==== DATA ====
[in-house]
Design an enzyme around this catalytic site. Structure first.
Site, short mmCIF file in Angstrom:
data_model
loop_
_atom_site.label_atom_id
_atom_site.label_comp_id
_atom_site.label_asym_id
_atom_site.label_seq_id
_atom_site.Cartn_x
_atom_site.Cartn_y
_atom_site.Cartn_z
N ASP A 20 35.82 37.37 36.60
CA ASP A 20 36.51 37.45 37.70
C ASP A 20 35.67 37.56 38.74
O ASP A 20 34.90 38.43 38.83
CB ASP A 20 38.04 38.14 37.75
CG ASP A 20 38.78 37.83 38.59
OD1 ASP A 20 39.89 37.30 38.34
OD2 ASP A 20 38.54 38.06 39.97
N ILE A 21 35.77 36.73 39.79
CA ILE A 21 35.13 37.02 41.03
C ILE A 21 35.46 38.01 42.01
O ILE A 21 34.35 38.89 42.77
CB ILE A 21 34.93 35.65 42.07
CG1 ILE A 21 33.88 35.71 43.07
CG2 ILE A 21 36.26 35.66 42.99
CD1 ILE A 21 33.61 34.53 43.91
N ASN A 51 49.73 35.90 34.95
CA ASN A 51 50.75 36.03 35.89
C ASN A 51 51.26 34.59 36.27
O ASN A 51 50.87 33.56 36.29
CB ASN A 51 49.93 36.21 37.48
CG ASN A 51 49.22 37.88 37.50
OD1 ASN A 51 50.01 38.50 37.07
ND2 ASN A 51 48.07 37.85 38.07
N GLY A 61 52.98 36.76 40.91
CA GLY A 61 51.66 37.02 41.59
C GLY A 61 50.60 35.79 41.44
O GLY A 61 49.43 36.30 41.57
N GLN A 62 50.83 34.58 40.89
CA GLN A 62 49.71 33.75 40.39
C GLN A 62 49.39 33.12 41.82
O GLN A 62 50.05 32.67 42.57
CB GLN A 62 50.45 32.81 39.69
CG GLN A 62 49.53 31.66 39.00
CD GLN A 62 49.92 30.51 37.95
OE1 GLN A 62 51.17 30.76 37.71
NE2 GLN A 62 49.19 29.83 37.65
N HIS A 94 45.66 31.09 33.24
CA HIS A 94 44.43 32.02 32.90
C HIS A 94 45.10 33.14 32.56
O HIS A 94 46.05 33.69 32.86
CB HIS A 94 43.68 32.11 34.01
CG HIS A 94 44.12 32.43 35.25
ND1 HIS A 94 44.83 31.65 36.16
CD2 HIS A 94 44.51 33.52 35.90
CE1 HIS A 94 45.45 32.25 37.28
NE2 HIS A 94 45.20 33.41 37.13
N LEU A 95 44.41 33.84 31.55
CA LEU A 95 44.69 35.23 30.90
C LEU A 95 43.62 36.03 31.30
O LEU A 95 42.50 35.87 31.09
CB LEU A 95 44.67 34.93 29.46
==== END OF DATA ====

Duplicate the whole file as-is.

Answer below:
[in-house]
Design an enzyme around this catalytic site. Structure first.
Site, short mmCIF file in Angstrom:
data_model
loop_
_atom_site.label_atom_id
_atom_site.label_comp_id
_atom_site.label_asym_id
_atom_site.label_seq_id
_atom_site.Cartn_x
_atom_site.Cartn_y
_atom_site.Cartn_z
N ASP A 20 35.82 37.37 36.60
CA ASP A 20 36.51 37.45 37.70
C ASP A 20 35.67 37.56 38.74
O ASP A 20 34.90 38.43 38.83
CB ASP A 20 38.04 38.14 37.75
CG ASP A 20 38.78 37.83 38.59
OD1 ASP A 20 39.89 37.30 38.34
OD2 ASP A 20 38.54 38.06 39.97
N ILE A 21 35.77 36.73 39.79
CA ILE A 21 35.13 37.02 41.03
C ILE A 21 35.46 38.01 42.01
O ILE A 21 34.35 38.89 42.77
CB ILE A 21 34.93 35.65 42.07
CG1 ILE A 21 33.88 35.71 43.07
CG2 ILE A 21 36.26 35.66 42.99
CD1 ILE A 21 33.61 34.53 43.91
N ASN A 51 49.73 35.90 34.95
CA ASN A 51 50.75 36.03 35.89
C ASN A 51 51.26 34.59 36.27
O ASN A 51 50.87 33.56 36.29
CB ASN A 51 49.93 36.21 37.48
CG ASN A 51 49.22 37.88 37.50
OD1 ASN A 51 50.01 38.50 37.07
ND2 ASN A 51 48.07 37.85 38.07
N GLY A 61 52.98 36.76 40.91
CA GLY A 61 51.66 37.02 41.59
C GLY A 61 50.60 35.79 41.44
O GLY A 61 49.43 36.30 41.57
N GLN A 62 50.83 34.58 40.89
CA GLN A 62 49.71 33.75 40.39
C GLN A 62 49.39 33.12 41.82
O GLN A 62 50.05 32.67 42.57
CB GLN A 62 50.45 32.81 39.69
CG GLN A 62 49.53 31.66 39.00
CD GLN A 62 49.92 30.51 37.95
OE1 GLN A 62 51.17 30.76 37.71
NE2 GLN A 62 49.19 29.83 37.65
N HIS A 94 45.66 31.09 33.24
CA HIS A 94 44.43 32.02 32.90
C HIS A 94 45.10 33.14 32.56
O HIS A 94 46.05 33.69 32.86
CB HIS A 94 43.68 32.11 34.01
CG HIS A 94 44.12 32.43 35.25
ND1 HIS A 94 44.83 31.65 36.16
CD2 HIS A 94 44.51 33.52 35.90
CE1 HIS A 94 45.45 32.25 37.28
NE2 HIS A 94 45.20 33.41 37.13
N LEU A 95 44.41 33.84 31.55
CA LEU A 95 44.69 35.23 30.90
C LEU A 95 43.62 36.03 31.30
O LEU A 95 42.50 35.87 31.09
CB LEU A 95 44.67 34.93 29.46